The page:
18th Lansdowne

Whatever has happened in your round, this hole can bring you home with a smile. The shortest par 5 – you hit from an elevated tee between trees lining both sides of the fairway, to a landing area that will uplift you even further.
The strong types can go for the green in two with hope and excitement, (bunkers both sides of the green) but for you mid-handicappers this could be a birdie hole for you too. Lay up to your favourite wedge distance  then go for the pin like a pro!!

Hope you have enjoyed the round.

17th Matagouri

An attractive uphill dogleg left that flattens slightly before a second to an elevated green with pronounced slope from back to front. This hole really aids the longer hitters off the tee as they can make it close to the 135 fairway marker, which takes the kink out of the fairway. If you get distance and accuracy  right you can really attack the pin, but you certainly don’t want to be long and come back to the pin placement.

16th Hollows

The final par 3.
Take heed of the pin placement. You are hitting at another left to right slopping green. You certainly don’t want to be too far above the hole. It’s stroke 15 and better players are expected to make par.

Straight forward it may be but either of the two ( white ) tee boxes may be used varying the angle and off the Blues it is 179 metres  to the centre.


15th Tuamarina

Another view of Tapuaenuku.
Key to this par 4 is a steady drive just left of centre. . Too far right and you are shut out by a stand of trees. The green is wide without disconcerting tilt and the fringe comfortable for bold chipping at the pin placement. Three bunkers guard the greens entrance.


14th Fences

The number one stroke hole (stroke 6 for Women for some reason); uncommon is that the distance between the back tee ( Blue ) and the club tee ( white )is negligible.
It’s an unsettling piece of golf design  favouring those with steady nerves and a Hogan like swing. The tee box is only a metre from an out of bounds fence, and  runs parallel and close to the fairway on the left hand side, all the way and to the green. Most play away from the trouble, but the fairway is not wide and on the right is a grove of trees.  The green  is narrow and slopes towards the out of bounds fence.  A  final tester of a memorable par 4, Rarangi’s toughest.  But don’t be discouraged I once saw a 21 handicapper get a birdie and a scratch player make 6.

13th Ngaios

The Ngaio is a small native evergreen tree, but you will be hard pressed to find one on the edges of the fairways here. Just more pines with annoying hanging branches, making shot play from their shadows and in your face difficult. There is reward if you hit your drive clean and straight and then repeat that easy motion with your second. Low and behold the green a short iron away. This is easy: but wait, ahead another examination for your putting. The green is quicker than others and breaks every cm the ball rolls, as if drawn like a magnetic towards the dreaded marshlands, close at hand.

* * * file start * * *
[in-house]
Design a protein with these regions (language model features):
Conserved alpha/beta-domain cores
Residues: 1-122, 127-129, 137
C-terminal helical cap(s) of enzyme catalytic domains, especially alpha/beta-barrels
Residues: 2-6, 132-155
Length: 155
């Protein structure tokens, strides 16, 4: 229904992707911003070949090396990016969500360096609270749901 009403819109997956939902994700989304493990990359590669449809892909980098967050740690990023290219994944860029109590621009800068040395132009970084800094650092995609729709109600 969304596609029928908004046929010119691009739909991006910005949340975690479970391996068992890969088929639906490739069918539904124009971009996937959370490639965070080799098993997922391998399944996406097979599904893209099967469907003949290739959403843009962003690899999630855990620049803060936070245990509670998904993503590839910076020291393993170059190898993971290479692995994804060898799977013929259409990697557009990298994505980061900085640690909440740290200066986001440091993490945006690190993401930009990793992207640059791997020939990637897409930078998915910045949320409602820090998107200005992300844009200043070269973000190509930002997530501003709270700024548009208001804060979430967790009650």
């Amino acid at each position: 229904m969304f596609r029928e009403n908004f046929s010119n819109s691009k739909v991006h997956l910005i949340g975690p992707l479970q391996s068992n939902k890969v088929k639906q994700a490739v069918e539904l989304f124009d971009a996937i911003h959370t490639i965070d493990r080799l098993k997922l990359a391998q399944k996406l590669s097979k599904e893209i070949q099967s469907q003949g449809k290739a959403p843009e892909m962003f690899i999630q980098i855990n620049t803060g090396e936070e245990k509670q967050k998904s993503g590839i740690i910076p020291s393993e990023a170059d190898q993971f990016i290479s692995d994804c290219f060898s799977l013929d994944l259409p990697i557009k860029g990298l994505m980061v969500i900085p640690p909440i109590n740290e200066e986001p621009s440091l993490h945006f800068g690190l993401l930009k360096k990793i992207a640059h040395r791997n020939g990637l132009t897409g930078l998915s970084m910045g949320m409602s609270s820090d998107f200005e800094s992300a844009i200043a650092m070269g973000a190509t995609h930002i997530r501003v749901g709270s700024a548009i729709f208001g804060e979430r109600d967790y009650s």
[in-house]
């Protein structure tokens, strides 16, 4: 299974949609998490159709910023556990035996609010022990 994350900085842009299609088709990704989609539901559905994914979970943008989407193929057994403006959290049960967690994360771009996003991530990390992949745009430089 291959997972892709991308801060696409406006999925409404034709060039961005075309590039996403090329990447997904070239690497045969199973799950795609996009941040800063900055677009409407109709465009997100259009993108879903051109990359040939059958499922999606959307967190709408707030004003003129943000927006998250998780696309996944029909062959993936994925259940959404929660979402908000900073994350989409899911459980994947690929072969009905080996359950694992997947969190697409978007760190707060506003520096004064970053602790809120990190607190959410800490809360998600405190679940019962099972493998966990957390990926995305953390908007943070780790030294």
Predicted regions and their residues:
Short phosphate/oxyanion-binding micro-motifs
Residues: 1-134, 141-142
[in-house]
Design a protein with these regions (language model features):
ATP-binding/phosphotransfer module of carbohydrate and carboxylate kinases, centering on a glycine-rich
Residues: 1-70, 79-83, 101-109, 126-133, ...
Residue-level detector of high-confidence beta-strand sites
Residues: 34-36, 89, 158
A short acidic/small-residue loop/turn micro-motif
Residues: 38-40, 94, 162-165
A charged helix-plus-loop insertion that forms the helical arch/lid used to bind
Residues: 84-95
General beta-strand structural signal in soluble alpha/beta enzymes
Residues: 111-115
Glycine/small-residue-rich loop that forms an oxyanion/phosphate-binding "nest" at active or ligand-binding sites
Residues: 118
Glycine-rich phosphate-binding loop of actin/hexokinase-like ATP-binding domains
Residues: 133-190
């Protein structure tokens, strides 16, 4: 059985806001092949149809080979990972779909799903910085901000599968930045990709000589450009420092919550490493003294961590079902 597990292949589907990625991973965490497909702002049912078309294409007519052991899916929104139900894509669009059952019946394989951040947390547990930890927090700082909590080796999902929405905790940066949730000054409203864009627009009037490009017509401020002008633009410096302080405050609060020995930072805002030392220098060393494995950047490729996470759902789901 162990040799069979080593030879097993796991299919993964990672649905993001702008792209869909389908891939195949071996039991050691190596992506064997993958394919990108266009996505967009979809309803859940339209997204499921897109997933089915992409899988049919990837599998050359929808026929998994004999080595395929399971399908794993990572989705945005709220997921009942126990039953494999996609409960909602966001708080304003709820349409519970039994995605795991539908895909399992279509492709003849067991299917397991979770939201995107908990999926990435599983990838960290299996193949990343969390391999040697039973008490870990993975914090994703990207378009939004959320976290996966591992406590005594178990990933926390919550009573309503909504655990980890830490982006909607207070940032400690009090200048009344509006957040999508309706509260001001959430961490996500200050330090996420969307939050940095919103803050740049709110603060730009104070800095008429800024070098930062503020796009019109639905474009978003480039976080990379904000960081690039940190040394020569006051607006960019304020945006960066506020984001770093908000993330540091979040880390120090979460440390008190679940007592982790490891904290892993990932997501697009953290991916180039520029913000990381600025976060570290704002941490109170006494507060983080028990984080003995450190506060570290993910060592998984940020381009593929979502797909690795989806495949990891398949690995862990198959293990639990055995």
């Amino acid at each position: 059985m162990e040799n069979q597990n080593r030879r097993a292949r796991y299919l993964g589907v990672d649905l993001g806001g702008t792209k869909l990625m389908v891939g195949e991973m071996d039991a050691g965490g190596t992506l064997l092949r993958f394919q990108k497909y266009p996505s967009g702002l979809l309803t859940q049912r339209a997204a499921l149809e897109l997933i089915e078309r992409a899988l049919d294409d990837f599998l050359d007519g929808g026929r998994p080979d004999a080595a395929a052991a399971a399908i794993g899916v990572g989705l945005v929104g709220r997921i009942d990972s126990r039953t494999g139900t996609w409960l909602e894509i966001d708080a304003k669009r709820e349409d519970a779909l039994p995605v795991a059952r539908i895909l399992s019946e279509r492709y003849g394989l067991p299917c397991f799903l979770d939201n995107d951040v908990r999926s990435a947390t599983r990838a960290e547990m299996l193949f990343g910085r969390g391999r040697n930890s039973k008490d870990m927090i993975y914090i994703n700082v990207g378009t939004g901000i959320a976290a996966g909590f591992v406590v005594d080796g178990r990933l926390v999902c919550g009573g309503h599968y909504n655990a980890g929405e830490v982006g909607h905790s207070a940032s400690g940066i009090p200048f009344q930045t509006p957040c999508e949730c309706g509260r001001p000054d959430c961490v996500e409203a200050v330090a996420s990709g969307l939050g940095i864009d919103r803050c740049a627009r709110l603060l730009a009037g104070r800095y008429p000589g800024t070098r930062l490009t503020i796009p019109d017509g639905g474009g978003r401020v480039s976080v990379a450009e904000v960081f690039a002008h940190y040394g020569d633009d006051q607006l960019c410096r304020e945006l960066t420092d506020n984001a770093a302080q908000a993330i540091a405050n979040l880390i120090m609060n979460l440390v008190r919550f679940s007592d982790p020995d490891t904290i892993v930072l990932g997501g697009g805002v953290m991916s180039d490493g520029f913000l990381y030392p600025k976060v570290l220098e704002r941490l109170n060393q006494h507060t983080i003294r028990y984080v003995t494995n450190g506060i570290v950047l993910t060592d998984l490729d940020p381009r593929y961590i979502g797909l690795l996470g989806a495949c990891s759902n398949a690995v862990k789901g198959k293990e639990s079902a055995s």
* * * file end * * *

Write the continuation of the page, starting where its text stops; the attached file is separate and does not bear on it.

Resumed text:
Player’s do get birdies here, but they are very good ones. The birdies that is, not necessarily the golfers!

12th Pukaka

After two testing holes, the 12th is the first par 3 on the back nine. There have been more holes in one here than any other par 3 on the course.
You can see why. The green sits on a knoll, does not have any hidden agendas, on a calm day just select your club and attack the flag.
If you don’t make par it will be your fault. But wait: if the wind blows strongly from the west or east , it is a different hole with a strange personality. Golfers have been seen to weep, here.


11th Seaview

Seaview, is an oxymoron for the hole’s name. 
You may well hear the crashing of the waves on the beach or smell the ozone, but there is no sea view. Attention needs to be zeroed in on the task in hand. This hole is only a pitch shorter than the 10th, but does have the advantage of a fairway that carries it’s width right to the green. The putting service slopes up sharply from front to back which could well have you pondering about club choice, if the pin is at the back. Then again, if the wind is blowing, don’t worry just go for it with everything.  The second of two good holes to start the homeward run.

10th Tapi

On a clear day you can see Tapuaenuku, the highest mountain outside the Southern Alps, in winter it looks like a big ice cream.
From the tee, the green can look as far away as the mountain sometimes, especially into a brisk wind from the west.
This is a testing hole for even the best, the longest men’s par 4 on the course, and a par 5 for the women, the fairway fans out from the tee and then narrows down100 metres from the green, between two rows of pine trees.
There are lots of alternate pin placements on this large listing green, adding pressure on the shot makers who have the game to get there in two.

9th Underwood

From the tee to the back of the green everything on this hole slopes gently away from the golfer.
A good drive sets up the hole and eliminates most of the worries.
For some reason this hole always seems to play longer than it looks, it also can be affected by the wind coming off Cloudy Bay, from the east.
While the green annoyingly can produce some subtle breaks that are hard to read, although it’s not one of those dreaded tilters. A good par 4 to end the front 9.